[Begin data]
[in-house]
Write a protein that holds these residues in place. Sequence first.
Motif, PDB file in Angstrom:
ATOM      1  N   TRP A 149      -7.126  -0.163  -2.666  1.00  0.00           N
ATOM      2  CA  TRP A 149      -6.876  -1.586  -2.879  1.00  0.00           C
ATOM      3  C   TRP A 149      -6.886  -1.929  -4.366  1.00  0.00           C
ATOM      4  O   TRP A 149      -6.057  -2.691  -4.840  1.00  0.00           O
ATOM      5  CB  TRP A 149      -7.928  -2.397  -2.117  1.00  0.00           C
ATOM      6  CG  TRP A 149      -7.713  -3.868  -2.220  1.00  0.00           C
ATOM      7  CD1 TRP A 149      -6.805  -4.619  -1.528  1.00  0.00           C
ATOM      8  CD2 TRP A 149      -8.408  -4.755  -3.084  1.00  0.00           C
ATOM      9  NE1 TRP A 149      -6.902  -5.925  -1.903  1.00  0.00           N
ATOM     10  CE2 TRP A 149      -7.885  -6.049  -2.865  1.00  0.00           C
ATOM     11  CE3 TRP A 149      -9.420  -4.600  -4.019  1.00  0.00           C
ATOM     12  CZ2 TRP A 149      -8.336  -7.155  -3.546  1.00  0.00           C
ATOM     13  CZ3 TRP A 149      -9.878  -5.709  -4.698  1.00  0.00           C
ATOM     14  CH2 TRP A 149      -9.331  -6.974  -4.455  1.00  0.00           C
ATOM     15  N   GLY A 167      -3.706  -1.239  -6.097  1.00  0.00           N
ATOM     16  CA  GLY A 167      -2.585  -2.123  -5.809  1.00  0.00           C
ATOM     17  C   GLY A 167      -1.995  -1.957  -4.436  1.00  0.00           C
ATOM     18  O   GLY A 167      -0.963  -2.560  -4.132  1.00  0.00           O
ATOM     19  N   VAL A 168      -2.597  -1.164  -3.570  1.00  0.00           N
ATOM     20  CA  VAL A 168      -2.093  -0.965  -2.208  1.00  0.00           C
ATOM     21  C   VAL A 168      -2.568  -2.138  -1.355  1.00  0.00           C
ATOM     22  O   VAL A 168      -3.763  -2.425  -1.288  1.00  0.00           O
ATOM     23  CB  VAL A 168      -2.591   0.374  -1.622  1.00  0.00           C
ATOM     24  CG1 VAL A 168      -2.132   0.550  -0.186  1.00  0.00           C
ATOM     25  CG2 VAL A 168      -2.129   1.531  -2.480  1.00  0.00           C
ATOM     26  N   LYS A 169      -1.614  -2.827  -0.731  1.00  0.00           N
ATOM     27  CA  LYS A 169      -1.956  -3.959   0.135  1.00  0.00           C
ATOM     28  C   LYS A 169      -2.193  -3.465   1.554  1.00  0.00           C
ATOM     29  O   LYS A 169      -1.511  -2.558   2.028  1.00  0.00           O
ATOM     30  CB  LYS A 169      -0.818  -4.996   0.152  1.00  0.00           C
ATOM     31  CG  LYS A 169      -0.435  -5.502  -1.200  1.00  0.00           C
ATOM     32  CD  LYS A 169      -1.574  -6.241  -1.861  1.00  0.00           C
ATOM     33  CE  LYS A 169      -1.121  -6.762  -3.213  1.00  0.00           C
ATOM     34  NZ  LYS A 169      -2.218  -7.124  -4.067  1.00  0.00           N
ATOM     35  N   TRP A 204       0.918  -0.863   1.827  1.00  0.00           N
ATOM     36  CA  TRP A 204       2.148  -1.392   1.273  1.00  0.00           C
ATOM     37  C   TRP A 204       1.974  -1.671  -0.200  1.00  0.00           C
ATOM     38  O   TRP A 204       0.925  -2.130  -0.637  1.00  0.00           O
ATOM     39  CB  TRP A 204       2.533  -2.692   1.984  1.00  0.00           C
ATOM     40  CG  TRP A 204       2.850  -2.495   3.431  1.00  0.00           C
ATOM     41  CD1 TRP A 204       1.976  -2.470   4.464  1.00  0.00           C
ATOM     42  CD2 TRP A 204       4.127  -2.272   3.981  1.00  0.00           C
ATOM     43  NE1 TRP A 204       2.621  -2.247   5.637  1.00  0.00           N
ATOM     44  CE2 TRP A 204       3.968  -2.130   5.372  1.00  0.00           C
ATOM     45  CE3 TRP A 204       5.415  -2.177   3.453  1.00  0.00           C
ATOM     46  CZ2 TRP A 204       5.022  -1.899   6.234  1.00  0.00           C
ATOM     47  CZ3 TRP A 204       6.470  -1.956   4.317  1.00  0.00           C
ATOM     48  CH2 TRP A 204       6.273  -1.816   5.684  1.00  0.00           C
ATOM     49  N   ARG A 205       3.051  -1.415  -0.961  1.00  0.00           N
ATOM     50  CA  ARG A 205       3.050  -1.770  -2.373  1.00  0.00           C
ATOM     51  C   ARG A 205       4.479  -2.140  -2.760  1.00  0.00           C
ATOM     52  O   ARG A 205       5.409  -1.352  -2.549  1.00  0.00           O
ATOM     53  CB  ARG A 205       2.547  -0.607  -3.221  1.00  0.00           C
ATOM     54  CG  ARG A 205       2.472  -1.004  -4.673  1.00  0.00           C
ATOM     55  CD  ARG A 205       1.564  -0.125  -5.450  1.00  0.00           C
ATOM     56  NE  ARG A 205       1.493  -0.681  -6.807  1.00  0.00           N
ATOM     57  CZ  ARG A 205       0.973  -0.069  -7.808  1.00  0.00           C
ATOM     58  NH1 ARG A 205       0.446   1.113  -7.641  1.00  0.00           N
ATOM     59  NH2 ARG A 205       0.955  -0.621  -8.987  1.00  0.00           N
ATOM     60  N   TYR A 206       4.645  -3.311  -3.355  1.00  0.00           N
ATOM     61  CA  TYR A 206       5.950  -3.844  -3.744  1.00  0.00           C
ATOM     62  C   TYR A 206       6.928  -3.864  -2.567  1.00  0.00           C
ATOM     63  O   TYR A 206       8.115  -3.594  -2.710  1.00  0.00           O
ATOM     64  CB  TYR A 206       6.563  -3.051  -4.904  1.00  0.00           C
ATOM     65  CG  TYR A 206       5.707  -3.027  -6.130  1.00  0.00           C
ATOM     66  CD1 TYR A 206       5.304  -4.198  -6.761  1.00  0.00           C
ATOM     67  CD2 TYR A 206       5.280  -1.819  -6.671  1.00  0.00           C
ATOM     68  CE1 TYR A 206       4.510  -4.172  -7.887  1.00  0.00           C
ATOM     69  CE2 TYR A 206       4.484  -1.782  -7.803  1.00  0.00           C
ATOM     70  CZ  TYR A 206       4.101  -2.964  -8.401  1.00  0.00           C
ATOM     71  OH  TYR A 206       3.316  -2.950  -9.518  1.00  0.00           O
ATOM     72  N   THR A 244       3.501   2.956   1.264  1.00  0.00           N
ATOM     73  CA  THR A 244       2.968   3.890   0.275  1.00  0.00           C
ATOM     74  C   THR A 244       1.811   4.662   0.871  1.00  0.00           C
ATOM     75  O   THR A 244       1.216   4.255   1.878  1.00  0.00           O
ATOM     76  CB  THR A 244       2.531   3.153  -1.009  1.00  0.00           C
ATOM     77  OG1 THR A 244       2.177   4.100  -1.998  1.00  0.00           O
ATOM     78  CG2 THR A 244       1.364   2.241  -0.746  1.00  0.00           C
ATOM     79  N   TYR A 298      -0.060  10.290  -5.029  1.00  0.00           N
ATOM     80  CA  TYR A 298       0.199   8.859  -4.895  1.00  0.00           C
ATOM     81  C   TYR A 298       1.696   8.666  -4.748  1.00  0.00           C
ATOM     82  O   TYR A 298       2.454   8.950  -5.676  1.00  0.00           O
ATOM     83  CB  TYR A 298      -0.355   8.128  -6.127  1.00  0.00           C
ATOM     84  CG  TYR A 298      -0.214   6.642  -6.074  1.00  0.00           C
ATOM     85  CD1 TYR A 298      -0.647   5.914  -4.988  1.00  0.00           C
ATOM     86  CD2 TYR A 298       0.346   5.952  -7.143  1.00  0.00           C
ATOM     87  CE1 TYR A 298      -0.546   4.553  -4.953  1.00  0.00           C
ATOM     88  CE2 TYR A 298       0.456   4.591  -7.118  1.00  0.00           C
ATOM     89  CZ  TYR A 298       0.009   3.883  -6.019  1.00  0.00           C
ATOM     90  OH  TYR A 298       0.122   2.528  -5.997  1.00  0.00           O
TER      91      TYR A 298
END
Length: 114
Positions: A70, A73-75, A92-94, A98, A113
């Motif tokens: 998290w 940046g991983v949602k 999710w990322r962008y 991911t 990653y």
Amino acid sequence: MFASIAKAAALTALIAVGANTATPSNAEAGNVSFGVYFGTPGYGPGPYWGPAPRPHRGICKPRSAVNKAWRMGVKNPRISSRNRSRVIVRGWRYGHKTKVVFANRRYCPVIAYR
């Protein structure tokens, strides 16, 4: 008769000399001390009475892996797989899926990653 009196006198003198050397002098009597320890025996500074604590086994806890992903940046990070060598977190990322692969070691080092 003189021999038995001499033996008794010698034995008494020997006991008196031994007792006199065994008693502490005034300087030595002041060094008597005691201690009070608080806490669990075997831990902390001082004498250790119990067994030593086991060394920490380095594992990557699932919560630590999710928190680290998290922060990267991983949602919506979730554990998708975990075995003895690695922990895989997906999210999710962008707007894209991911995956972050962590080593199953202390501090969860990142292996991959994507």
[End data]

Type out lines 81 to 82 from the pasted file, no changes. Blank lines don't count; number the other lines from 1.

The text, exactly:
ATOM     78  CG2 THR A 244       1.364   2.241  -0.746  1.00  0.00           C
ATOM     79  N   TYR A 298      -0.060  10.290  -5.029  1.00  0.00           N